Preacher, veteran, CBD evangelist: Martin Smith has big hemp plans

Published 7:00 pm Friday, July 19, 2019

Martin Smith, of Lawrenceburg, CEO of United Global Co-Op and International Farmaceutical Extracts, recently announced plans to build two hemp oil processing plants in Danville. He told The Advocate-Messenger he became interested in the benefits of hemp oil several years ago when he was challenged by a parent.

Smith said he was preaching at Providence Baptist Church in Frankfort in 2002 when a mother whose son had been diagnosed with testicular cancer reminded him that he had preached from the pulpit that drugs were bad. She asked him, as a pastor, what he thought about using marijuana to help her son. The boy’s family was considering moving to Colorado so that he could experience benefits from the drug.

“That’s when the Lord spoke to me. … I couldn’t say, ‘No, you better not do that on my religious beliefs. You better not go to Colorado and do something good for your son if there’s some good in it,’” Smith said.

Email newsletter signup

The incident “challenged me” Smith said. So he read studies about the positive effects of cannabidiol (CBD) which is an active ingredient derived from the hemp plant.

“I found that the CB1 and 2 receptors in the body is the most abundant receptors,” Smith said. CBD oil “creates homeostasis (balance), so when you have dysfunction in your body it’s because cellular synapsis aren’t connecting correctly. So they’re off, or they’re oxidized, it’s called oxidative stress,” Smith said.

Smith said pain medications like opioids only mask the pain; he believes CBD “is the thingthat takes all that away, naturally, in our body.”

“It’s an antioxidant … ain’t that crazy?” he said. “I teach this all over the country.”

Smith grew up in the small town of Shirley, Arkansas. He said his father encouraged him to leave the mountains and join the military “to see the world.” He joined the Navy and was stationed on the U.S.S. Kincaid as a quartermaster, he said. “I’m a navigation specialist.”

Smith served during the build up before Desert Storm and the destroyer he sailed on was hit by a supertanker on their way home from the Persian Gulf.

Smith said he didn’t deal with his PTSD very well. “That’s kind of why I’m doing what I do now for the military, because I’m looking back at what’s helping me, to help others.”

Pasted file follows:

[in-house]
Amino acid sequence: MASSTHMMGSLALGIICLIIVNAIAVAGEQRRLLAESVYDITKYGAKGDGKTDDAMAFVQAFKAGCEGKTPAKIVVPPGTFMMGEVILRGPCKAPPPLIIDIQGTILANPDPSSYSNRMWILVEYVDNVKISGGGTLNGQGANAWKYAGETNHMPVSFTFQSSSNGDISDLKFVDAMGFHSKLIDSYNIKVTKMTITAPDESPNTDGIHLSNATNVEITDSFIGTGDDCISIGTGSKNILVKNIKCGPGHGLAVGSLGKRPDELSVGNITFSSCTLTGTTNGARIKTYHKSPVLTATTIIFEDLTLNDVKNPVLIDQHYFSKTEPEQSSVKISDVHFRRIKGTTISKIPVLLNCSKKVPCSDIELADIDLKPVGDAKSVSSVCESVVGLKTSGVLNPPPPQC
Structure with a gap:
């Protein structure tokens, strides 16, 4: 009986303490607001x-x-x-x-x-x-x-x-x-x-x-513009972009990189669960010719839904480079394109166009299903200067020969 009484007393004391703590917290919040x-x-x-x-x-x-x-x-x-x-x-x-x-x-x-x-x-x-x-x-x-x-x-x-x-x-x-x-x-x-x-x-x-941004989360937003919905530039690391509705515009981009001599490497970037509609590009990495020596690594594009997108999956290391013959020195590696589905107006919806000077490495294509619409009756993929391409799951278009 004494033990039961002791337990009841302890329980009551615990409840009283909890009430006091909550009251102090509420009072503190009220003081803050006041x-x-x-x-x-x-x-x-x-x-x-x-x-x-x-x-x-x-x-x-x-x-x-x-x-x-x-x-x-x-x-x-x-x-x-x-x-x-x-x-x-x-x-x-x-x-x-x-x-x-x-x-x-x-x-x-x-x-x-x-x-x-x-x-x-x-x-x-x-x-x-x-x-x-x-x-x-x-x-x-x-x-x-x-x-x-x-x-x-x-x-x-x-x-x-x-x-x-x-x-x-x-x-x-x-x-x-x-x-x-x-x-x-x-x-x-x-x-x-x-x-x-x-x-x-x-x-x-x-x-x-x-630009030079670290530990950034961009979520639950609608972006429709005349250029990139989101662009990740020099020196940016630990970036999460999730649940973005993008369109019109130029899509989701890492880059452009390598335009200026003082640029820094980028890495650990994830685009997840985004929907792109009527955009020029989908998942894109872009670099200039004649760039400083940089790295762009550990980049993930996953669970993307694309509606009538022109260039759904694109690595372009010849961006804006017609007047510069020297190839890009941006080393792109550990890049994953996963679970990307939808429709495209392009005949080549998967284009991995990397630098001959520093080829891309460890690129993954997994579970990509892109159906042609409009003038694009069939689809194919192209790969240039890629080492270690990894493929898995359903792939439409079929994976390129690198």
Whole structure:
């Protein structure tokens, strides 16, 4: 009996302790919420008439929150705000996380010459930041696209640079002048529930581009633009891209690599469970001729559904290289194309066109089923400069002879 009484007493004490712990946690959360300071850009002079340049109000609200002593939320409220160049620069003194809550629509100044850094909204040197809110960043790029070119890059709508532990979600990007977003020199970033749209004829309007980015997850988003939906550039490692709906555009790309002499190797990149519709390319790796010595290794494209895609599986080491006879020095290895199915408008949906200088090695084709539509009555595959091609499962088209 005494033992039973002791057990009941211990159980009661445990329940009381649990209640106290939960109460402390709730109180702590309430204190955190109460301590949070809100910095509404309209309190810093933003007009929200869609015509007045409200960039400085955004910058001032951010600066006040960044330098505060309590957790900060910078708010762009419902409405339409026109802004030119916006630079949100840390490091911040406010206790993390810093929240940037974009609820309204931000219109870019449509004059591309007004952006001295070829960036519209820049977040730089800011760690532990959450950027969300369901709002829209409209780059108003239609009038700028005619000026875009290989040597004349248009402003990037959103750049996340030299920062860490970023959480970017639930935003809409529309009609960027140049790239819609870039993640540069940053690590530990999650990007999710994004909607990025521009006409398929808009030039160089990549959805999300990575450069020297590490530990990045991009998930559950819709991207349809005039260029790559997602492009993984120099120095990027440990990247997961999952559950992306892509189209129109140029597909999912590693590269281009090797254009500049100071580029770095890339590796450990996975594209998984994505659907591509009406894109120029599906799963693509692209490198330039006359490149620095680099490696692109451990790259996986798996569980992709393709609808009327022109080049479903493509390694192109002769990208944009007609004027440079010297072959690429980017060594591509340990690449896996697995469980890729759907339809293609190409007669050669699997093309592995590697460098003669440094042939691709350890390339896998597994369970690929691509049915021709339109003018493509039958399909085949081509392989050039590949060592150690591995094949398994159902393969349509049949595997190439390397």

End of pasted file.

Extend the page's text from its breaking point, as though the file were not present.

Eventually, Smith said he became an entrepreneur and owned a termite and pest control business in Illinois and a computer warehouse between 1996 and 2002. He said the computer business included a gaming room and they did beta testing and hardware testing. They also developed computer “patches” that people used to have to download to fix a glitch in their operating system, he said.

“The Lord spoke to me and he said I won’t curse you if you don’t, but I’ll bless you if you do,” Smith said. And after much prayer and contemplation, Smith said he decided to pursue a career in the hemp business. He sold his termite company to his dad, and “gave” the computer company to its employees, he said.

Now, 17 years later, Smith is still in the hemp business, educating the public about the benefits he sees, teaching farmers how to raise a productive hemp crop, pursuing farming contracts and now, bringing two hemp processing facilities to Danville, with a goal of mass producing CBD products from industrial hemp.

Smith said traditional farming in this area includes soybeans, corn and tobacco, but it’s transitioning into a new crop — hemp. Older farmers may be reluctant to change from crops they’re familiar with, but it may be necessary for them to add a few acres of hemp to “help save their farm,” Smith said.

Growing hemp that produces the most CBD is the key to the crop being profitable for farmers, Smith said, explaining with a question: Do you want to grow “the juiciest watermelons or the seediest watermelons?”

That’s where his hemp growing school comes into the picture.

Farmers who sign contracts with Smith through United Global Co-Op are asked to attend classes in Midway that teach techniques on how to raise a high-quality crop high in CBD, by incorporating the tobacco industry’s infrastructure that already exists, Smith said.

“That’s why I can’t wait to get with the PVA here and find out what the quality of the tobacco infrastructure is here in Danville, because that will be my first farmers that I’ll be running to as fast as I can.”

For example, farmers who have “big ol’ tobacco barns” where hemp can dry before processing won’t have to invest in building new barns, he explained.

Smith wants to greatly increase hemp growing acreage in this area in order for his company, International Farmaceutical Extracts, to be able to supply enough CBD for mass distribution.

“We’re working on contracting, hopefully getting into the (Veterans Administration) — the VA doctors through the Department of Defense,” but nothing is in writing, Smith said. “That’s what we’re working to qualify. You’ve got to prove that you can process it, supply it and not let the ball drop in quality or anything else, in order to get into that space. So that’s what we’re doing, and have been doing for a long time — in getting farm production up so that we can contract for something that large,” Smith said.

“Like if Walmart came,” he explained. “They have 1.6 billion people walk through their door every day. Imagine if you were to sign a contract with Walmart,” to put a CBD product on their shelves, but you weren’t able to keep up with the demand. “Now you’ve damaged Walmart’s brand and Walmart will come back and get you in a heartbeat.”